30 Mar 2011

Robots, wineries, Ben Gurion and more

Posted by Deborah

Monday and Tuesday, March 28 and 29, 2011

I’m not sure BGU could have crammed anything else into our Monday. We started at a “human factors” lab used to study the effects of fatigue, alcohol, marijuana, distraction and so forth on drivers. Researchers are also testing devices that use vibrations or other tactile signals to help pilots respond to emergency alerts.

Industrial engineering professor Tal Oron-Gilad explains how a sophisticated dome-shaped screen and control center create a virtual testing area for experiments on pedestrian and pilot behavior.

 

Next, more fun gadgets, like prototypes for robots that would spray pesticides, pick fruit and serve food. I was impressed by the number of women in the engineering and robotics departments. That’s apparently not so unusual in Israel, but it’s a stark contrast to what you see in the States.

Sigal Berman, head of computer intelligence, talks about her work developing computer programs that recognize human gestures

I won’t go into detail about the rest of the day, which included meetings with at least a half dozen faculty and doctoral students. But I will highlight dinner, which we shared with three students who are involved in university efforts to improve the city. In fact, the restaurant where we ate was part of that: a handful of BGU leaders opened it a couple of years ago and hired at-risk high schoolers to help them run it. The neighborhood hardly looks like a slum – no vacant buildings or graffiti like you would see in Philadelphia. But our guides say it’s much more obvious inside the cramped apartment buildings. Of course, the neighborhood has also cleaned up quite a bit since students began living there, rent-free, in exchange for weekly community service.

Wait staff at Ringlebloom Café got creative with our dessert.

The night also ended on a high note for me. With the help of a BGU geology professor, I found a folk dance session within a 10-minute walk of our hotel. I didn’t recognize a soul there, but luckily I did recognize most of the dances. Or at least I faked them well enough for a couple of people to ask me where I learned “all the dances” and whether I would come back next week.

Jet lag was still wearing on most of us Tuesday morning, It was hard to stay focused on Prof. Zeev Weisman’s two-hour presentation on extracting energy from olive oil byproducts, even though I’m actually very interested in the subject. Weisman’s lab has been able to turn the water and solid waste left over from the oil production into useful products like biofuel; now the challenge is coming up with an efficient, cost-effective way to do that on a large scale.

Zeev Weisman holds out a jar of biodiesel fuel that he and his students made.

A tour of the green features added to the campus, mostly over the past three years, helped us all wake up a bit more. In addition to a new, state-of-the-art nanotech building, the university has refined a solar-powered system to heat rooftop water tanks and may have a patent for it in the works.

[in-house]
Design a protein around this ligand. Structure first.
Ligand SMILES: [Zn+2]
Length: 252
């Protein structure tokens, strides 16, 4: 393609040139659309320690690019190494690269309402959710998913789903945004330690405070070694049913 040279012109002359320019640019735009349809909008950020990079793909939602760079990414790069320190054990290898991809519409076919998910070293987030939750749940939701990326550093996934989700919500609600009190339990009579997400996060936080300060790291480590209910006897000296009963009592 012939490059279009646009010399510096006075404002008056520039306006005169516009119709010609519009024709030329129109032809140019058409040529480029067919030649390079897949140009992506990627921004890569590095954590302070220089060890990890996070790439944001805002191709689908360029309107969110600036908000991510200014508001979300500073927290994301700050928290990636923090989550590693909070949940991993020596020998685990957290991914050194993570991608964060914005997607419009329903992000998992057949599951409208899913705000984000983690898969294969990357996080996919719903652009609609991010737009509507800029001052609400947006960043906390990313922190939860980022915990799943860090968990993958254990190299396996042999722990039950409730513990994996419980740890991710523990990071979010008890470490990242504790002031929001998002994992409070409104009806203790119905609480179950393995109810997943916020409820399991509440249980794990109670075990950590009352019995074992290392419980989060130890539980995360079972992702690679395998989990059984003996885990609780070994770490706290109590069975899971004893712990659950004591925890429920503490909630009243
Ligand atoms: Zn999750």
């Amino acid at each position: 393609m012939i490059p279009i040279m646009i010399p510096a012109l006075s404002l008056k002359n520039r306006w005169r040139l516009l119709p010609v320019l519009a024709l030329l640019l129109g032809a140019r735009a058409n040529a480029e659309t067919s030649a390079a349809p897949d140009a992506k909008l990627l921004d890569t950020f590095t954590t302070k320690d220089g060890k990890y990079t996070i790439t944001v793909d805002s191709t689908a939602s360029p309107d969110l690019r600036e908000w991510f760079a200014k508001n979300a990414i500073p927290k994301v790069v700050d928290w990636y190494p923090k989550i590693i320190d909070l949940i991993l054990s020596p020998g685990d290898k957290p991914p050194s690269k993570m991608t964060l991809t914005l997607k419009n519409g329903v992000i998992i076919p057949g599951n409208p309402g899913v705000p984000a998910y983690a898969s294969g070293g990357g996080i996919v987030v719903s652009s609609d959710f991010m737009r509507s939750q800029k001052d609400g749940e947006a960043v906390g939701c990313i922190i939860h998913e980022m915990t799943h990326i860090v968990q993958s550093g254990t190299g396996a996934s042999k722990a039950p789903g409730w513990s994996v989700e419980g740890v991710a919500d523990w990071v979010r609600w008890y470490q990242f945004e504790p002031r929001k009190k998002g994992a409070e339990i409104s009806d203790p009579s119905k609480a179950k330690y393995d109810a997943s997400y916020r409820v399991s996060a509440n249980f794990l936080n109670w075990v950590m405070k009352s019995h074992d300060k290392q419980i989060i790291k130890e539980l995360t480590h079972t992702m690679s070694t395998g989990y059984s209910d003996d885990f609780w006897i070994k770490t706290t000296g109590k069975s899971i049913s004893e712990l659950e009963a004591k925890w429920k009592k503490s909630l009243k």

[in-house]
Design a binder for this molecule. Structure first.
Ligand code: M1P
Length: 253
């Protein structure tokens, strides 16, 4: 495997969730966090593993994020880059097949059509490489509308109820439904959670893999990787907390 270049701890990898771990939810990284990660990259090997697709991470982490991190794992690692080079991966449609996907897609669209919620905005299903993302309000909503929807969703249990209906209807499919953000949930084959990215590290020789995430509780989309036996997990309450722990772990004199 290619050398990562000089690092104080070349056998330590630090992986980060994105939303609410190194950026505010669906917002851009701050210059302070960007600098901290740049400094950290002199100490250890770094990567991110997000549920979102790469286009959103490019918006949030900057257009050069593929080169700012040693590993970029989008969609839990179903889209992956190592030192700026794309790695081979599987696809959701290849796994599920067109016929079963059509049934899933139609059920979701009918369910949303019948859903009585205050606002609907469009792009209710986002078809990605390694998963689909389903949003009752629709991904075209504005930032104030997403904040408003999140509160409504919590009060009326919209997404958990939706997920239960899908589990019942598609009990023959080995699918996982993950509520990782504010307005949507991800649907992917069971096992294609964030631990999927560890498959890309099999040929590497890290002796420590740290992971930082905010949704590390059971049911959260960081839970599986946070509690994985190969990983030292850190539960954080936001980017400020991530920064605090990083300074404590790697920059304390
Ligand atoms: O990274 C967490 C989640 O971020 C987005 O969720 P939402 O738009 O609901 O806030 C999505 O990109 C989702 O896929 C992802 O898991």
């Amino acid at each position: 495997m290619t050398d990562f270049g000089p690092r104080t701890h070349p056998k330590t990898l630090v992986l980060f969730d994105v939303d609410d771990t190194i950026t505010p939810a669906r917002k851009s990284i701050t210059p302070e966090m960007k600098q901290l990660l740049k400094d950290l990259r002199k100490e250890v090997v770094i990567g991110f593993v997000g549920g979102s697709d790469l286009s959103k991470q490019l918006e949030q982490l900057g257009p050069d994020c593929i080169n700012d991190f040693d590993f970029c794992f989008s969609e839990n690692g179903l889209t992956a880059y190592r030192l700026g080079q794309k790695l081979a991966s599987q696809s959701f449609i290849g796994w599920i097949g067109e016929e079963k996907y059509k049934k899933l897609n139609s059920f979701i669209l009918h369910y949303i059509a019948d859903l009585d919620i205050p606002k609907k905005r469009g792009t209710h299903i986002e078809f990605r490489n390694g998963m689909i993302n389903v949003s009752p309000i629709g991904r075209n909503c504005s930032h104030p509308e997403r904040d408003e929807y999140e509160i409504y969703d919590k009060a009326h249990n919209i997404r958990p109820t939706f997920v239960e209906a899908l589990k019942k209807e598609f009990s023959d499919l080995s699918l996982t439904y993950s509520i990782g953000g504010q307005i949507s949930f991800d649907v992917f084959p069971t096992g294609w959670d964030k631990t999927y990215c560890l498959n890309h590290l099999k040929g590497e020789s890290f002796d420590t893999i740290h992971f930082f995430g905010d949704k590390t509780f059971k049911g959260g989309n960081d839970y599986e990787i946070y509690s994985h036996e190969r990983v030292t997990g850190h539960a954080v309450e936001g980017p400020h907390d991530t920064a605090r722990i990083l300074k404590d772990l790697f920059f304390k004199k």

A BGU staff member with the new rooftop system that harnesses solar energy to heat water used in student dorms

After lunch, we began our trip south to Sede Boqer, where the university’s newest campus is located. We stopped first at Nahal Boqer farm to sample wine that farmer Moshe Zohar produced from his combination vineyard and bed and breakfast. You know, when I think of an Israeli entrepreneur, I often picture a young MBA grad with a high-tech start-up. But Zohar was truly a jack-of-all-trades businessman. Aside from farming, he constructed every structure on his property, from the barrel-shaped shop to the B&B cabins to the ecologically friendly bathrooms. He’s also growing a number of varieties of olives and pomegranates for Weisman’s research.

Zohar, in front of one of the cabins he built above his vineyard

The main shop and wine tasting room at the farm

From there, we continued to the home and then the grave of David Ben Gurion, the country’s first prime minister. I thought I had seen both of these sites before but I must have confused that with something else. We watched the sun set over the breathtaking canyon that his grave overlooked as a BGU professor painted a brief picture of his life.

Once it was dark, we were off to the hotel in Mitzpe Ramon, the closest city, or perhaps village might be a better word. Like Be’er Sheva, we had our choice of one hotel, though both cities may have a few independent inns that are just too small for our group. A new luxury hotel overlooking the Mitzpe crater is scheduled to open later this year.

While the hotel left a little to be desired (like free wiFi, or even affordable wi-fi) the food has never disappointed. We stuffed ourselves with a family-style dinner of fresh salads, pasta, fish, beef (slow-cooked for 48 hours). Still starved for Internet, half the table spent part of the meal taking advantage of at least one place that had free wiFi.

The stunning canyon that Ben Gurion’s grave overlooks

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